John Burke (author)

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John Frederick Burke (8 March 1922 – 20 September 2011[1]) was an English writer of novels and short stories.

He had written under the pen names J. F. Burke, Jonathan Burke, Jonathan George, Robert Miall, Martin Sands, Owen Burke, Sara Morris, Russ Ames, Roger Rougiere, Joanna Jones and co-written with his wife Jean Burke under the pen name Harriet Esmond.


Burke was born in Rye, Sussex, on 8 March 1922, and educated at Holt High School, Liverpool, now known as Childwall Academy. He served in the Royal Air Force, Royal Electrical and Mechanical Engineers, and the Royal Marines during the war.

After working for the publishers Museum Press and the Books for Pleasure Group, he was a Public Relations and Publications Executive for Shell (1959–63) and Story Editor for Twentieth Century-Fox (1963–65) before becoming a full-time writer in 1966.

Writing as Jonathan Burke, J. F. Burke and John Burke, he produced several suspense stories and psychological thrillers, including the Atlantic Award in Literature winning Swift Summer (1949; by J. F. Burke), These Haunted Streets (1950), Chastity House (1952), Echo of Barbara (1959; filmed in 1960) and The Twisted Tongues (1964). Some of his other novels appeared under the pseudonyms of Joanna Jones, Sara Morris, Jonathan George and Owen Burke.

He achieved equal popularity with his science fiction short stories in magazines like New Worlds and New Frontiers, and the best of these were collected in Alien Landscapes (1955). His first two SF novels, The Dark Gateway (1953) and The Echoing World (1954), both dealt with the theme of parallel universes; and Pursuit Through Time (1956) described an attempt to change the course of history while time-travelling into the past.

For more than thirty years Burke novelised a large number of stage plays, film and TV scripts, notably John Osborne's The Entertainer (1960) and Look Back in Anger (1960), The Angry Silence (1960), Flame in the Streets (1961), The Lion of Sparta (1961; the film was released as The 300 Spartans), The Boys (1962), The System (1963), A Hard Day's Night (1964), Dr. Terror's House of Horrors (1965), That Magnificent Air Race (1965; the film was released as Those Magnificent Men in Their Flying Machines), The Hammer Horror Omnibus (1966/7; two volumes), Till Death Us Do Part (1967), Privilege (1967), Smashing Time (1968), Ian Fleming's Chitty Chitty Bang Bang (1968), Moon Zero Two (1969), Luke's Kingdom (1976), King and Castle (1986) and a series of The Bill novels, beginning in 1985.

A Hard Day's Night came close to not being published at all. The then Director of Pan, Clarence Paget, saw the Beatles as nothing but a passing fad and it would take Burke and many of Pan's office workers – all Beatles fans – to persuade Paget otherwise. The book went on to sell 1.25 million copies.

Several other tie-ins appeared under the names of Martin Sands and Robert Miall, including Maroc 7 (1967), The Best House in London (1969), two Jason King thrillers in 1972 and also UFO and its sequel UFO 2 (1970/1971).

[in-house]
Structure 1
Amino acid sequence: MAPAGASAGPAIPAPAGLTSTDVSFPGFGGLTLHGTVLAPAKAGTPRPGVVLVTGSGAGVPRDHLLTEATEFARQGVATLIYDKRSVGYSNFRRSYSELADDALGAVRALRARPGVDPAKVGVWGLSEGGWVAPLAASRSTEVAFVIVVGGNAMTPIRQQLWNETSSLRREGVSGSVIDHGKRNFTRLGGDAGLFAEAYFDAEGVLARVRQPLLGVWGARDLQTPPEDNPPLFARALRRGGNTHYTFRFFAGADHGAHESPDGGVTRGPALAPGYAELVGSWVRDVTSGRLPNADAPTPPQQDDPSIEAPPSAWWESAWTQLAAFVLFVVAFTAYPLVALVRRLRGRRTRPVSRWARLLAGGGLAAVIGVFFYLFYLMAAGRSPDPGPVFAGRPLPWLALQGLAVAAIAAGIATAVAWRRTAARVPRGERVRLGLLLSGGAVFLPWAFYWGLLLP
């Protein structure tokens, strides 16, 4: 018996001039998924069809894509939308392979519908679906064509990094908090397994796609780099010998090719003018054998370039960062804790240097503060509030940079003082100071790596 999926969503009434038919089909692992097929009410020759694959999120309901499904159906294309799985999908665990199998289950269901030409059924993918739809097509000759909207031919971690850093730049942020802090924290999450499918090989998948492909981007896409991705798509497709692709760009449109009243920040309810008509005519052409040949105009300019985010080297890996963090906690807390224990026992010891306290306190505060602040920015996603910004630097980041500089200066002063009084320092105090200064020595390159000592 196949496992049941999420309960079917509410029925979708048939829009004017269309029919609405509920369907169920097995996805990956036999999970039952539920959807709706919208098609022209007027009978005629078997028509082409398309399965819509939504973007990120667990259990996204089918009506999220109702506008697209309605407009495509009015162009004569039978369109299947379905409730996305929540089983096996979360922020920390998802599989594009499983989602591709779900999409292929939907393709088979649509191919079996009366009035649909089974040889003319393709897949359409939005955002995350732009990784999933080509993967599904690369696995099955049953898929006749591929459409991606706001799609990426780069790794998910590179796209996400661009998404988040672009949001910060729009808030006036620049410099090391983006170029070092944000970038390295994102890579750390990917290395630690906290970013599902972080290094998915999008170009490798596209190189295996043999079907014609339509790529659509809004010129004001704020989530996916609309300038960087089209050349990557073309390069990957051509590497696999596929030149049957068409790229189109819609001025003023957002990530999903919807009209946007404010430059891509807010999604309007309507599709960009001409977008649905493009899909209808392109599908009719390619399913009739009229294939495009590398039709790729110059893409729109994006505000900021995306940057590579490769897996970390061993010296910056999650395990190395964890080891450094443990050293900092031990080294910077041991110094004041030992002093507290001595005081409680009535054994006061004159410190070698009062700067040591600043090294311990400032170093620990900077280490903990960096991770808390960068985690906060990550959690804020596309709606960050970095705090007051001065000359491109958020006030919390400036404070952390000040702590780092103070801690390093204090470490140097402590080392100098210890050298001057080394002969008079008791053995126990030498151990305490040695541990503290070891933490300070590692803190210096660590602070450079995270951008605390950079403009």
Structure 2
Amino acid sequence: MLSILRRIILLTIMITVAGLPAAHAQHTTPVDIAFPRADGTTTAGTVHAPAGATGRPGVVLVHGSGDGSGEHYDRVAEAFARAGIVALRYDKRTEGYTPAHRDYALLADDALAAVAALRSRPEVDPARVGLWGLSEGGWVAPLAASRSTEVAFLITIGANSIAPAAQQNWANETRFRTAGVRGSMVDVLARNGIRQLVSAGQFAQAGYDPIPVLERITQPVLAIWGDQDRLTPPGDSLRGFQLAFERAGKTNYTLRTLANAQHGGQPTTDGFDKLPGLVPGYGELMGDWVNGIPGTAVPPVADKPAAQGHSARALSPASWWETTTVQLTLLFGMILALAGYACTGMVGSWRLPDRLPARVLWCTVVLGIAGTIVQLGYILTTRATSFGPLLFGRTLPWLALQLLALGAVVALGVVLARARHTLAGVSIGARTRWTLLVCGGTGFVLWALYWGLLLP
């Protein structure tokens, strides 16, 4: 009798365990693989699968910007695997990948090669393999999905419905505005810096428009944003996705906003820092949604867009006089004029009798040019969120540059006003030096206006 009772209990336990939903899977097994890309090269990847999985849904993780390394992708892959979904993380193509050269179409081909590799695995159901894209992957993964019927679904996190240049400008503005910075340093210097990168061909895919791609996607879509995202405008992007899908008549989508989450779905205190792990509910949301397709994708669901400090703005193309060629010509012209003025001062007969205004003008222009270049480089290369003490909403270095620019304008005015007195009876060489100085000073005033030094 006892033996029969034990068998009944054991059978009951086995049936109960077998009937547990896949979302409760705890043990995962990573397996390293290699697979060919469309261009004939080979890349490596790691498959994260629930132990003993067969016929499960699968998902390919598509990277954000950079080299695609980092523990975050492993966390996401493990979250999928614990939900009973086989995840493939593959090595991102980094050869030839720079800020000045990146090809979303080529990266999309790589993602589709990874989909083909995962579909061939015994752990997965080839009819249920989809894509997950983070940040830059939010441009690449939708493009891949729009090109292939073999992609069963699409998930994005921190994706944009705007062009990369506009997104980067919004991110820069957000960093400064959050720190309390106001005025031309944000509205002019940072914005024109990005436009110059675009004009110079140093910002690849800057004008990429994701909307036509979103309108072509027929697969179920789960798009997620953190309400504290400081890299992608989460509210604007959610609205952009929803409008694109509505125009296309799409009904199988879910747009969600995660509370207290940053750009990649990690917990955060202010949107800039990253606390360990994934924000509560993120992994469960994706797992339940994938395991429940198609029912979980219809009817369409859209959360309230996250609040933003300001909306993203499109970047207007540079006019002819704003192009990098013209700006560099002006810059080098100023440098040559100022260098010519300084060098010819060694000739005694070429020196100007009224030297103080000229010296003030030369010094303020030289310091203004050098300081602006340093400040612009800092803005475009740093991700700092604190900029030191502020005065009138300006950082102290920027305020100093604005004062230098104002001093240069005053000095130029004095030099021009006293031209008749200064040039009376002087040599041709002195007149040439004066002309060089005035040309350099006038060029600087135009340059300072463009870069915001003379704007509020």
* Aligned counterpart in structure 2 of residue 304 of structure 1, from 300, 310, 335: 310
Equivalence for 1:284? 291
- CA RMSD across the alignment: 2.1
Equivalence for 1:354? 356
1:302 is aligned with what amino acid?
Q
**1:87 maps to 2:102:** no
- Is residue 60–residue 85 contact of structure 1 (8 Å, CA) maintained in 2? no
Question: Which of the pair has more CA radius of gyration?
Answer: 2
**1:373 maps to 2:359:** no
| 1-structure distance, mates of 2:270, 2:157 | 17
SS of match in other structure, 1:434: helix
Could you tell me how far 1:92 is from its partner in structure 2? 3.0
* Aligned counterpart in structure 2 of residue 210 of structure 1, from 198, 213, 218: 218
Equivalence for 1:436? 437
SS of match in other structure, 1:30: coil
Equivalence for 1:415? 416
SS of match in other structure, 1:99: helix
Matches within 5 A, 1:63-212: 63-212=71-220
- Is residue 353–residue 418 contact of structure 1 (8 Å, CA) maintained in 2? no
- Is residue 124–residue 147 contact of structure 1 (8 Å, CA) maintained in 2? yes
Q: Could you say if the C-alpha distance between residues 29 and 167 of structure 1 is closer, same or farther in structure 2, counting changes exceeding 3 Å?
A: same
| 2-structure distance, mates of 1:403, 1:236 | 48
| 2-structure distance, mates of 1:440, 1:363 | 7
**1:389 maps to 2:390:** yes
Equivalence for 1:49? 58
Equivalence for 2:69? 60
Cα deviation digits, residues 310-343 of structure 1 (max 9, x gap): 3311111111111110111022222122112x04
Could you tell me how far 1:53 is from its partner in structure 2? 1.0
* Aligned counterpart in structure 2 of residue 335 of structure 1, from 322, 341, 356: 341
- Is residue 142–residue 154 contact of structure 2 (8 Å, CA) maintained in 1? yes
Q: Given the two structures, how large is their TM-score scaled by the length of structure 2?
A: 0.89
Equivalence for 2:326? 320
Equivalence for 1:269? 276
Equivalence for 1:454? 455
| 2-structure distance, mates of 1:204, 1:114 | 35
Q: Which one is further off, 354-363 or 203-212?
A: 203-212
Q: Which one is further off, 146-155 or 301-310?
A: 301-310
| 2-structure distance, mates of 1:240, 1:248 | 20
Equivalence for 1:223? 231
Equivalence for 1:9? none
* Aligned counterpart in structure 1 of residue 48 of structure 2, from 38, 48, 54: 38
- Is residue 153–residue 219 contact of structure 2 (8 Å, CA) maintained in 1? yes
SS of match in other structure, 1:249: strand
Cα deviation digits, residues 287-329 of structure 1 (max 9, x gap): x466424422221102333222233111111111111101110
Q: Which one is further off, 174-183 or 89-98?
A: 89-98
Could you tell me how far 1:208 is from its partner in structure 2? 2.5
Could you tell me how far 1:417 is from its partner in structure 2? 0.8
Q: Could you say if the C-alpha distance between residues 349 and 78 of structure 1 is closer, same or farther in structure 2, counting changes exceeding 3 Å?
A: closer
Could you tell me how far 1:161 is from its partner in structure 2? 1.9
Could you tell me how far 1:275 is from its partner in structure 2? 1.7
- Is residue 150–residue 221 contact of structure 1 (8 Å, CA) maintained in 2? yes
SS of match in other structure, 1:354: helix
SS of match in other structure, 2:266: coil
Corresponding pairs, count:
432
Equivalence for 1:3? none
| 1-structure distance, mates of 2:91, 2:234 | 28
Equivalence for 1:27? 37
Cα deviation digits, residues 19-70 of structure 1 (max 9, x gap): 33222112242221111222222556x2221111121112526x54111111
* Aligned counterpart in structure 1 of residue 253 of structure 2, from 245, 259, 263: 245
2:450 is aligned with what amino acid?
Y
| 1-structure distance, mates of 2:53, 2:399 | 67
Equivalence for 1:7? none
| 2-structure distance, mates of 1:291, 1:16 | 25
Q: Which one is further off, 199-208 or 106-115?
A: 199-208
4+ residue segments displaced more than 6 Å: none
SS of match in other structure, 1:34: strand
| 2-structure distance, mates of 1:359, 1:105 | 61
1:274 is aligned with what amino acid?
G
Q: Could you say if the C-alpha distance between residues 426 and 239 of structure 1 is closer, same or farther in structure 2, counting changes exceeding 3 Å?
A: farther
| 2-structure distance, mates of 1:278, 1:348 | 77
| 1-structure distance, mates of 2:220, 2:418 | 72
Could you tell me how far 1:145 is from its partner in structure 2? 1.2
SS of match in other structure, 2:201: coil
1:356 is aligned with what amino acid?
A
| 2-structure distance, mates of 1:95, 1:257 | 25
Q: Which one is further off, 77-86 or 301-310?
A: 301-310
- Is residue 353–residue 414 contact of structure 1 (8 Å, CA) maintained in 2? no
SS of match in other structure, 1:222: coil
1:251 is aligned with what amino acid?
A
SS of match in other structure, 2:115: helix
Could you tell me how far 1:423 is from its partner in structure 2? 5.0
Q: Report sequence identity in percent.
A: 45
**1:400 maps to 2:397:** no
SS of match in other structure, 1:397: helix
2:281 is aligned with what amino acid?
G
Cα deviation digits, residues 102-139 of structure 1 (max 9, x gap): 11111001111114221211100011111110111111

Burke also wrote the source story for the 1967 cult horror film The Sorcerers and contributed to the TV series Late Night Horror (BBC 1968), Tales of Unease (LWT, 1970) and The Frighteners (LWT 1972).

Among Burke's later novels were a series featuring the Victorian psychic investigator and occult detective Dr Alex Caspian (a stage magician by day, assisted by his wife, Bronwen), and a further three Victorian Gothic suspense novels (by "Harriet Esmond") written in collaboration with his wife Jean.[2] They were always carefully researched and explored the regions described in these stories.

He edited a trilogy of books under the "Unease" banner: Tales of Unease (1966), More Tales of Unease (1969) and New Tales of Unease (1976). Several ghost and horror stories appeared in the Pan "Ghost Book" series, the infamous Pan Book of Horror Stories,[2] New Terrors, The Mammoth Book of Best New Horror and his short stories were collected in the Ash Tree Press volume We've Been Waiting For You (2000), which included his most celebrated story, "And Cannot Come Again".

He wrote two original short stories that were subsequently published in Johnny Mains' tribute book Back From The Dead: The Legacy of the Pan Book of Horror Stories (2010), was interviewed at length about his tie-in career for Bedabbled! magazine (2011) and was in talks to publish a novel that began life in the 1950s and was rejuvenated in early 2011. Robert Hale also published five novels in the last decade: Stalking Widow (2000), The Second Strain (2002), Wrong Turnings (2004), Hang Time (2007) and The Merciless Dead (2008).

Burke also wrote over twenty non-fiction titles, including several travel books for Batsford: Suffolk (1971), Sussex (1974), English Villages (1975), Czechoslovakia (1976) and The English Inn (1981).

In 1985 he reached the semi-finals in TV’s Mastermind; his wife Jean also reached the semi-finals two years later.



Dr Alex Caspian series[edit]

  • The Devil's Footsteps (1976)
  • The Black Charade (1977)
  • Ladygrove (1978)


  1. ^ "BURKE – Deaths Announcements – Telegraph Announcements". Retrieved 17 January 2013. 
  2. ^ a b "Burke, John" by Chris Morgan in David Pringle, St. James Guide to Horror, Ghost and Gothic Writers. London: St. James Press, 1998, ISBN 1558622063 (pp. 107-109).

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